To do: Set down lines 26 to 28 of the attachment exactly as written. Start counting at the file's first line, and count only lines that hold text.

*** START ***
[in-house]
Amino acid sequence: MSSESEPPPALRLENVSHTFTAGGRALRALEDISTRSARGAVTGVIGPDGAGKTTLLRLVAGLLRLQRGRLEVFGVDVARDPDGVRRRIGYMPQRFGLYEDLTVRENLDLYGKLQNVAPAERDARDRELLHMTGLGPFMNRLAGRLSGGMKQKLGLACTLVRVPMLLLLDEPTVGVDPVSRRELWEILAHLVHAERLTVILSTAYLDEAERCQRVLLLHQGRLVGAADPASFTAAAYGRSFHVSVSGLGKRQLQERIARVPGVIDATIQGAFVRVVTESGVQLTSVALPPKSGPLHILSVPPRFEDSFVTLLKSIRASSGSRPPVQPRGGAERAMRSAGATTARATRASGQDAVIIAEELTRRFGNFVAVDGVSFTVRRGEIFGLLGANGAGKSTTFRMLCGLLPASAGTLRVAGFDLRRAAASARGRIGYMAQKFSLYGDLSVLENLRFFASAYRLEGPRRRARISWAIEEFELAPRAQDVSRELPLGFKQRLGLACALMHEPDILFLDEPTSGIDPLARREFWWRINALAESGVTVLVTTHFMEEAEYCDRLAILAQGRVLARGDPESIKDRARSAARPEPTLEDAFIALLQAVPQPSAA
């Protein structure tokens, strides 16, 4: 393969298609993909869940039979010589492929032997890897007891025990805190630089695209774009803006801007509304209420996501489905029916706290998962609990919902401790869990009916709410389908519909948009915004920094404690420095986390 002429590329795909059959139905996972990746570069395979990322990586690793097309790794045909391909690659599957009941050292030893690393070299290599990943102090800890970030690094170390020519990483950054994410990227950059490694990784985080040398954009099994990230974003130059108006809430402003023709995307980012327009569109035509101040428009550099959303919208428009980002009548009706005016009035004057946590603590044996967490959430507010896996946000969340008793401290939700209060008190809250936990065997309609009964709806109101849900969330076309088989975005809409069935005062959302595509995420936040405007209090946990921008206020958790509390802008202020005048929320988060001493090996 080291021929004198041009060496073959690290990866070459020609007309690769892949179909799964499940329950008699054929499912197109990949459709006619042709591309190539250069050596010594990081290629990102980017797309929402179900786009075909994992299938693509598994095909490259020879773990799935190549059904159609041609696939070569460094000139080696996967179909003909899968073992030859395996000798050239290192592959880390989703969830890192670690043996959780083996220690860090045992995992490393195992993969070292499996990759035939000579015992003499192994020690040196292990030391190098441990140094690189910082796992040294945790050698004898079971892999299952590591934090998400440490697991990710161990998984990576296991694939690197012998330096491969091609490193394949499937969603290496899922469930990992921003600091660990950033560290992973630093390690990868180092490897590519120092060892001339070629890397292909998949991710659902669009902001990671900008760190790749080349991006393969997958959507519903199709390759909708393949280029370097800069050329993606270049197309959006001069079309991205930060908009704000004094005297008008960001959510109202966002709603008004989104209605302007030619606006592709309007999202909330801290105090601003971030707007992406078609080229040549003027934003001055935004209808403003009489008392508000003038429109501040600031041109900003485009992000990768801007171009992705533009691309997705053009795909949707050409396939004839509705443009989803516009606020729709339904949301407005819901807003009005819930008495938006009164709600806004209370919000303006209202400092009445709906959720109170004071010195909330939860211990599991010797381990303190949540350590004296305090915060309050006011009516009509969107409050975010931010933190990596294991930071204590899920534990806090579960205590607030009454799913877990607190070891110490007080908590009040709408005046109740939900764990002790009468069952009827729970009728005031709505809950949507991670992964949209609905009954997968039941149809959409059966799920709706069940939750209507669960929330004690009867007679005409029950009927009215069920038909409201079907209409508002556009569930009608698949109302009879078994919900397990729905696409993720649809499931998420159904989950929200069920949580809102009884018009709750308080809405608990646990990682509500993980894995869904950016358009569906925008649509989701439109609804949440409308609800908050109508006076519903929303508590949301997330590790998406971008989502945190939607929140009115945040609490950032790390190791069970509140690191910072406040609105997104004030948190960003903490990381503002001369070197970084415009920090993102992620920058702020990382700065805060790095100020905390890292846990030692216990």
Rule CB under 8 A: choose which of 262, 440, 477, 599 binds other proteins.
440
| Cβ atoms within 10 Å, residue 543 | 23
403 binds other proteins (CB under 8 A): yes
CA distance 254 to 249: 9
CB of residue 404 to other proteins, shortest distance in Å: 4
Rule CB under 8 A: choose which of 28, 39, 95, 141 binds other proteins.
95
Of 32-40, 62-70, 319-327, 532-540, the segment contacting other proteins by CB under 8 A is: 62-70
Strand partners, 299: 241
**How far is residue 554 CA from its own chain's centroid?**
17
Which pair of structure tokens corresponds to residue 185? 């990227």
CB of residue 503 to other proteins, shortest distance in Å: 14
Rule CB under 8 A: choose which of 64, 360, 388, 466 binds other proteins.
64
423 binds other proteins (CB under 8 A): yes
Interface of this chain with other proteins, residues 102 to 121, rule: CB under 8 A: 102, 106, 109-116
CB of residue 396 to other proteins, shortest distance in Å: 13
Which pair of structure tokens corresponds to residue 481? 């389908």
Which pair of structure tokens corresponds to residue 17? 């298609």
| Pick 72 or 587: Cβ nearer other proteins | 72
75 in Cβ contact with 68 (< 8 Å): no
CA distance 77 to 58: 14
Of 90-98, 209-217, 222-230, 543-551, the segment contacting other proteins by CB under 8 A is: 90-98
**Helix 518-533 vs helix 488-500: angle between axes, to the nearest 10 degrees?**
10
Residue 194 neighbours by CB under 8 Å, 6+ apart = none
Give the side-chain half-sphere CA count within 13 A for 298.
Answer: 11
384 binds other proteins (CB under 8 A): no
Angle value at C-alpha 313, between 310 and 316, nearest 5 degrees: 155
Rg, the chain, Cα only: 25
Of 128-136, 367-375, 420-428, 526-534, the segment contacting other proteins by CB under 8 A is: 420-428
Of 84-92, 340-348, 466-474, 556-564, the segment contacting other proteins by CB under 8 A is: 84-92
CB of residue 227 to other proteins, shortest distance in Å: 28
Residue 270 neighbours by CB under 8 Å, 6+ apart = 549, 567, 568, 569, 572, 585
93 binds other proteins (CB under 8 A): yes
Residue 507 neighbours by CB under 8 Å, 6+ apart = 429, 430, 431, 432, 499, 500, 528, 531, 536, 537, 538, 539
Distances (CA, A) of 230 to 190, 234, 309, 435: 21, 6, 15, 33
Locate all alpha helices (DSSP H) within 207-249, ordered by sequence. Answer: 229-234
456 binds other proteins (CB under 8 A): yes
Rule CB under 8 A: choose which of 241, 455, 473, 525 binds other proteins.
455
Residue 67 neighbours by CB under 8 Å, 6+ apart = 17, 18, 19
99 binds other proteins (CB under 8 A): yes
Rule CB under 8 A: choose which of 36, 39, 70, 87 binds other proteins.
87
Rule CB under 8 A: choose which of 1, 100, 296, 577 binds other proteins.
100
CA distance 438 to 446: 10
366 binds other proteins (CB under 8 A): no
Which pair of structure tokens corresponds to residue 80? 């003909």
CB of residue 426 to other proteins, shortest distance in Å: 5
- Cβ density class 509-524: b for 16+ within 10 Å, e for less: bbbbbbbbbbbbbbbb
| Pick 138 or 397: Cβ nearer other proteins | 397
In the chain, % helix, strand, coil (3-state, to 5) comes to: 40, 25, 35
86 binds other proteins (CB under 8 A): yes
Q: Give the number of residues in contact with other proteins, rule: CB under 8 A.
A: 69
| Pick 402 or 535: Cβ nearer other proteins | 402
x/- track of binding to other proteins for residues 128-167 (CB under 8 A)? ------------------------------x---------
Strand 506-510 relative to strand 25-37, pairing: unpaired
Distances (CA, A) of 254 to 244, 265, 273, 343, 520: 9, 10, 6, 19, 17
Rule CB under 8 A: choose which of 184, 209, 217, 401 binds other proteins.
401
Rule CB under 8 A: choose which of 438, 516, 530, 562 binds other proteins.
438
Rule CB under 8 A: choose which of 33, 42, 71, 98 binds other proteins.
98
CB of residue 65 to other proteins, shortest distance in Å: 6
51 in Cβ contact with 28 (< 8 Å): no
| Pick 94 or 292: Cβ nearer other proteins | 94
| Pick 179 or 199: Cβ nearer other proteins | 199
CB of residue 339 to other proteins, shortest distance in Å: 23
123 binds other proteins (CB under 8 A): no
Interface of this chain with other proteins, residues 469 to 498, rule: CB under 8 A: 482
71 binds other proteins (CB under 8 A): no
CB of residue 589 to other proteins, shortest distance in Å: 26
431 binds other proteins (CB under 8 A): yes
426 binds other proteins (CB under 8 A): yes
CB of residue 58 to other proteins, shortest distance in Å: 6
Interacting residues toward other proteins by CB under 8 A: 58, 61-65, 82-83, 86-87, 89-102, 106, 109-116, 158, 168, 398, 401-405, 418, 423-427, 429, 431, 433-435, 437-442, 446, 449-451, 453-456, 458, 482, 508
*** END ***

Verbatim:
75 in Cβ contact with 68 (< 8 Å): no
CA distance 77 to 58: 14
Of 90-98, 209-217, 222-230, 543-551, the segment contacting other proteins by CB under 8 A is: 90-98